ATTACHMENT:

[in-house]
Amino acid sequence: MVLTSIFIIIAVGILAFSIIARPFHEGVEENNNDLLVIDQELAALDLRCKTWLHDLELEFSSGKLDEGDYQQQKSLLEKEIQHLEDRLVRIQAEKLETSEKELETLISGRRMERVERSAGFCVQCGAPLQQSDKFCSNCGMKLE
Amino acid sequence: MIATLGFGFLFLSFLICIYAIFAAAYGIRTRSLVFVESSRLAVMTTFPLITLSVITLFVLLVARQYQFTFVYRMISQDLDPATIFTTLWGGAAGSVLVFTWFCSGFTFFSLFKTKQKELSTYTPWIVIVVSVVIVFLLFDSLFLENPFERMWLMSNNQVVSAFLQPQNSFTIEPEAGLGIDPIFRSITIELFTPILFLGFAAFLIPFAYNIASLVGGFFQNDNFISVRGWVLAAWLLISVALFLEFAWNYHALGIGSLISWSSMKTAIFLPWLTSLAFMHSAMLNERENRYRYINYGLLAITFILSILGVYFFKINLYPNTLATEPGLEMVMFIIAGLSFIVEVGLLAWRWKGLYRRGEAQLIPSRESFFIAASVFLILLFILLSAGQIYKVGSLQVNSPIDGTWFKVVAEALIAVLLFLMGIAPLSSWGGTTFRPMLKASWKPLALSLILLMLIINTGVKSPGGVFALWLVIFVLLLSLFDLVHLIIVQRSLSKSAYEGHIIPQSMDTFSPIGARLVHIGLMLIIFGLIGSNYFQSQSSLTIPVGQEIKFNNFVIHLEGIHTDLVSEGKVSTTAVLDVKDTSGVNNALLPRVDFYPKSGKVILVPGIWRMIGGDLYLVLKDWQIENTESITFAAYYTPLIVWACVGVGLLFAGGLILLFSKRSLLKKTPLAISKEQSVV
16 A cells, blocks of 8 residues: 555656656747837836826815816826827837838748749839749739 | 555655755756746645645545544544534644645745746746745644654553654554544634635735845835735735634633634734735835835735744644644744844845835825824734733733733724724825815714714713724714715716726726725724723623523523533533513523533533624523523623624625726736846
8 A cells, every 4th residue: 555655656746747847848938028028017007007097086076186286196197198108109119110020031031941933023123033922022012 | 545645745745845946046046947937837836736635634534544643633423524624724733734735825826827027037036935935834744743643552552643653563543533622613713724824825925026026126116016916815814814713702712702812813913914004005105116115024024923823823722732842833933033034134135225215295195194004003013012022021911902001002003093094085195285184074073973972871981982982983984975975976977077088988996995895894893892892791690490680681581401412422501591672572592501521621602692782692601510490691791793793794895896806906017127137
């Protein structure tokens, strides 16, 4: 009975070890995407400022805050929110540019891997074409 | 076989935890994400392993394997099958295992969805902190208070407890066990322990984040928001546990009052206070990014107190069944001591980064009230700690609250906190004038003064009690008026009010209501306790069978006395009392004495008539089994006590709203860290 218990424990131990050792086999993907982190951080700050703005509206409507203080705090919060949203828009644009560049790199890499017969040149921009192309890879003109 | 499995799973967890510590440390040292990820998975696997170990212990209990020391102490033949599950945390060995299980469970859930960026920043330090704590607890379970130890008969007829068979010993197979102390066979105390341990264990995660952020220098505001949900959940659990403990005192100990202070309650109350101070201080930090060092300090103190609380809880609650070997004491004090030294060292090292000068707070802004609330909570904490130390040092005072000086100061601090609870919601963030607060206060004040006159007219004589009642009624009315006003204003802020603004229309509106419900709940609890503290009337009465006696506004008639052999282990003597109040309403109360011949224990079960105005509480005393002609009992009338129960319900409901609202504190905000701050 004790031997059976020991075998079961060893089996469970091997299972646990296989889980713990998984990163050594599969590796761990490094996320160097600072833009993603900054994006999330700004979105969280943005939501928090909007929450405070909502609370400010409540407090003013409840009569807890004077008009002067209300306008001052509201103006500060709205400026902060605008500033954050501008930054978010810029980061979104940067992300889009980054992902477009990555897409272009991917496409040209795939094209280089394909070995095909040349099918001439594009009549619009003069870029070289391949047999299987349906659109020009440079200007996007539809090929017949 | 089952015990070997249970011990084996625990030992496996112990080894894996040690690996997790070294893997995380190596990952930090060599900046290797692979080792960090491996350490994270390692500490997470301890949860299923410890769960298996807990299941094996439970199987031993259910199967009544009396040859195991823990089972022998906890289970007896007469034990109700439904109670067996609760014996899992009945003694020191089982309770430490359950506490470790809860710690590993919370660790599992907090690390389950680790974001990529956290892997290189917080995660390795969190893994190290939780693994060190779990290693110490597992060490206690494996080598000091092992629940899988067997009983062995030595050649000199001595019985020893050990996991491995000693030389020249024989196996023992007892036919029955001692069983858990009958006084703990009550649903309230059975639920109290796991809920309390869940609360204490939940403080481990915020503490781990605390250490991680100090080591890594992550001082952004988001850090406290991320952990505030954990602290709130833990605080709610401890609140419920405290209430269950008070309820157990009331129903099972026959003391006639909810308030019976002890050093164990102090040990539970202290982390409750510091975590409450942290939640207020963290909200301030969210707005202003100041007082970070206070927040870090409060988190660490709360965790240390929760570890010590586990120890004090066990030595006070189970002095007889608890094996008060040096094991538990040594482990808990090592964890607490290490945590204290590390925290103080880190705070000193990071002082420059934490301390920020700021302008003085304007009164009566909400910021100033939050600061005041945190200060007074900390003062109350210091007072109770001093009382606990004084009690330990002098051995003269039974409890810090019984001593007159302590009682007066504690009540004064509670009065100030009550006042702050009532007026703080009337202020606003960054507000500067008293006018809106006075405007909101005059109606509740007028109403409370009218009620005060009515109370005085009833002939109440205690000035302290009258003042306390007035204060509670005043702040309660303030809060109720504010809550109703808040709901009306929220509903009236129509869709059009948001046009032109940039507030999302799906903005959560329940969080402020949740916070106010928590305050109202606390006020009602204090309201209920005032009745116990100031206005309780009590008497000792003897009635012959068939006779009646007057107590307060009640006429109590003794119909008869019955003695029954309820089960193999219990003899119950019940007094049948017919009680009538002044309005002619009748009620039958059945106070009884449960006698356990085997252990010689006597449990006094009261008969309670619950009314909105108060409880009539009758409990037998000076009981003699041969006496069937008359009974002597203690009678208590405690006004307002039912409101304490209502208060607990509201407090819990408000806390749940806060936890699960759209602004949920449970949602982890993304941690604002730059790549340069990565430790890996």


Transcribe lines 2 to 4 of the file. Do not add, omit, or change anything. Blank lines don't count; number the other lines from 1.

Amino acid sequence: MVLTSIFIIIAVGILAFSIIARPFHEGVEENNNDLLVIDQELAALDLRCKTWLHDLELEFSSGKLDEGDYQQQKSLLEKEIQHLEDRLVRIQAEKLETSEKELETLISGRRMERVERSAGFCVQCGAPLQQSDKFCSNCGMKLE
Amino acid sequence: MIATLGFGFLFLSFLICIYAIFAAAYGIRTRSLVFVESSRLAVMTTFPLITLSVITLFVLLVARQYQFTFVYRMISQDLDPATIFTTLWGGAAGSVLVFTWFCSGFTFFSLFKTKQKELSTYTPWIVIVVSVVIVFLLFDSLFLENPFERMWLMSNNQVVSAFLQPQNSFTIEPEAGLGIDPIFRSITIELFTPILFLGFAAFLIPFAYNIASLVGGFFQNDNFISVRGWVLAAWLLISVALFLEFAWNYHALGIGSLISWSSMKTAIFLPWLTSLAFMHSAMLNERENRYRYINYGLLAITFILSILGVYFFKINLYPNTLATEPGLEMVMFIIAGLSFIVEVGLLAWRWKGLYRRGEAQLIPSRESFFIAASVFLILLFILLSAGQIYKVGSLQVNSPIDGTWFKVVAEALIAVLLFLMGIAPLSSWGGTTFRPMLKASWKPLALSLILLMLIINTGVKSPGGVFALWLVIFVLLLSLFDLVHLIIVQRSLSKSAYEGHIIPQSMDTFSPIGARLVHIGLMLIIFGLIGSNYFQSQSSLTIPVGQEIKFNNFVIHLEGIHTDLVSEGKVSTTAVLDVKDTSGVNNALLPRVDFYPKSGKVILVPGIWRMIGGDLYLVLKDWQIENTESITFAAYYTPLIVWACVGVGLLFAGGLILLFSKRSLLKKTPLAISKEQSVV
16 A cells, blocks of 8 residues: 555656656747837836826815816826827837838748749839749739 | 555655755756746645645545544544534644645745746746745644654553654554544634635735845835735735634633634734735835835735744644644744844845835825824734733733733724724825815714714713724714715716726726725724723623523523533533513523533533624523523623624625726736846